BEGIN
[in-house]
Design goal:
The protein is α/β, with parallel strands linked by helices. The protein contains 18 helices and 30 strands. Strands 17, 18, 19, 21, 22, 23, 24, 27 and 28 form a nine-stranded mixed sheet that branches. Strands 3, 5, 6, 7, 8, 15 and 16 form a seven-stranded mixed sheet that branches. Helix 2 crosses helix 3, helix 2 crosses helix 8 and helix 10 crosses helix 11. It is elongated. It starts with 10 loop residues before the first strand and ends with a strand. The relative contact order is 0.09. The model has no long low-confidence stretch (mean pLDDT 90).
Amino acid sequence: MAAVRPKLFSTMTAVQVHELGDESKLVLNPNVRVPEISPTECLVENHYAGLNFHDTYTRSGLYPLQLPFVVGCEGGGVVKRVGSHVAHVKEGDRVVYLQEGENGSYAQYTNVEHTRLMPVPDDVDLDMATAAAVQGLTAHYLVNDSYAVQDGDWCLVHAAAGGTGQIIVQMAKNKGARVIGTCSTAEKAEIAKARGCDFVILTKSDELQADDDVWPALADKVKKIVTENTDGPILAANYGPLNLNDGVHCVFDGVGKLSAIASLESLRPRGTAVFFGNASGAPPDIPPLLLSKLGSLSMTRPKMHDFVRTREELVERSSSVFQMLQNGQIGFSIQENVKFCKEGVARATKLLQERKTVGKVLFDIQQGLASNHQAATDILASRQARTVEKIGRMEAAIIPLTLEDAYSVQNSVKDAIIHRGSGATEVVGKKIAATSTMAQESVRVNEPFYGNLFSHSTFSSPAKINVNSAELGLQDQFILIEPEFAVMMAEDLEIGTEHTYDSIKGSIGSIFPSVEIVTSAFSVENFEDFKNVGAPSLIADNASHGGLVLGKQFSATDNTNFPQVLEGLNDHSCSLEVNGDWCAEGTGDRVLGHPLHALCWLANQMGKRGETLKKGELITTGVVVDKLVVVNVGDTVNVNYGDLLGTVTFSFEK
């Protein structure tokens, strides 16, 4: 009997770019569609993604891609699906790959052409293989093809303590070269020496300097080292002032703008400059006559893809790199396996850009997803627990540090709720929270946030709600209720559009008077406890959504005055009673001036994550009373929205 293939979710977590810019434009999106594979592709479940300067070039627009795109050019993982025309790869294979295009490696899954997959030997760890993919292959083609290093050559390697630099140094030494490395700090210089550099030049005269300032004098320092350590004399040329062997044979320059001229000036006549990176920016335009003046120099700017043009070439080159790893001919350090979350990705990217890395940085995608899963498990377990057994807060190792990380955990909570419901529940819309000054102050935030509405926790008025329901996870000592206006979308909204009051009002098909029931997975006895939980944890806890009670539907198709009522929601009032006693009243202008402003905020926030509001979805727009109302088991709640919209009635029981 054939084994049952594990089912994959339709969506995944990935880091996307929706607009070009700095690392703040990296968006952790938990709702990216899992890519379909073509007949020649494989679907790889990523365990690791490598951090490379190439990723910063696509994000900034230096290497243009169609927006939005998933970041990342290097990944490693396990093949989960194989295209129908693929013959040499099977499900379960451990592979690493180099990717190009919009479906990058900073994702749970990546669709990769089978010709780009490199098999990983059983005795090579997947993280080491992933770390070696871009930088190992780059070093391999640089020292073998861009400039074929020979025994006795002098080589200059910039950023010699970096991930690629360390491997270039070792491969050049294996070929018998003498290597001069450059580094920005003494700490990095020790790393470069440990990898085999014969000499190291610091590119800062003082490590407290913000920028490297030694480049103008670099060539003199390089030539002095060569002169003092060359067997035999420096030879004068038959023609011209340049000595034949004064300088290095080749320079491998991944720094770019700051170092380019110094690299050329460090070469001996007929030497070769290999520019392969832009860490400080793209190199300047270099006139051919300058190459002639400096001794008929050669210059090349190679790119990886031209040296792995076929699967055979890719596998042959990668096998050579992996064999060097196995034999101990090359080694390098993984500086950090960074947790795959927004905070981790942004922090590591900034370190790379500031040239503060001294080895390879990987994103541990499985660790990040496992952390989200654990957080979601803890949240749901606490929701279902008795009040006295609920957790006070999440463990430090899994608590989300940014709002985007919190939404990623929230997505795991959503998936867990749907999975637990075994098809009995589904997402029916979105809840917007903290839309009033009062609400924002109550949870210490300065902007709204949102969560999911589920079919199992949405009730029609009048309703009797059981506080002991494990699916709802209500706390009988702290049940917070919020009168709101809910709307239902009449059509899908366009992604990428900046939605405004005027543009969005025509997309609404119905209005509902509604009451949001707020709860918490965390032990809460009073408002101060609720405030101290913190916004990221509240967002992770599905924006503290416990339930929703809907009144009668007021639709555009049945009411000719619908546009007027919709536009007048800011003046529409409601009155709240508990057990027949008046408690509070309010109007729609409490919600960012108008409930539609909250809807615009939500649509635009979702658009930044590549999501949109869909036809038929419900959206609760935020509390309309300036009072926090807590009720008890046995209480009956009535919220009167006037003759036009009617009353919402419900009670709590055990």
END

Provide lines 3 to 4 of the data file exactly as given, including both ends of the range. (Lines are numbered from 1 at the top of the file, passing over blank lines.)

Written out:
The protein is α/β, with parallel strands linked by helices. The protein contains 18 helices and 30 strands. Strands 17, 18, 19, 21, 22, 23, 24, 27 and 28 form a nine-stranded mixed sheet that branches. Strands 3, 5, 6, 7, 8, 15 and 16 form a seven-stranded mixed sheet that branches. Helix 2 crosses helix 3, helix 2 crosses helix 8 and helix 10 crosses helix 11. It is elongated. It starts with 10 loop residues before the first strand and ends with a strand. The relative contact order is 0.09. The model has no long low-confidence stretch (mean pLDDT 90).
Amino acid sequence: MAAVRPKLFSTMTAVQVHELGDESKLVLNPNVRVPEISPTECLVENHYAGLNFHDTYTRSGLYPLQLPFVVGCEGGGVVKRVGSHVAHVKEGDRVVYLQEGENGSYAQYTNVEHTRLMPVPDDVDLDMATAAAVQGLTAHYLVNDSYAVQDGDWCLVHAAAGGTGQIIVQMAKNKGARVIGTCSTAEKAEIAKARGCDFVILTKSDELQADDDVWPALADKVKKIVTENTDGPILAANYGPLNLNDGVHCVFDGVGKLSAIASLESLRPRGTAVFFGNASGAPPDIPPLLLSKLGSLSMTRPKMHDFVRTREELVERSSSVFQMLQNGQIGFSIQENVKFCKEGVARATKLLQERKTVGKVLFDIQQGLASNHQAATDILASRQARTVEKIGRMEAAIIPLTLEDAYSVQNSVKDAIIHRGSGATEVVGKKIAATSTMAQESVRVNEPFYGNLFSHSTFSSPAKINVNSAELGLQDQFILIEPEFAVMMAEDLEIGTEHTYDSIKGSIGSIFPSVEIVTSAFSVENFEDFKNVGAPSLIADNASHGGLVLGKQFSATDNTNFPQVLEGLNDHSCSLEVNGDWCAEGTGDRVLGHPLHALCWLANQMGKRGETLKKGELITTGVVVDKLVVVNVGDTVNVNYGDLLGTVTFSFEK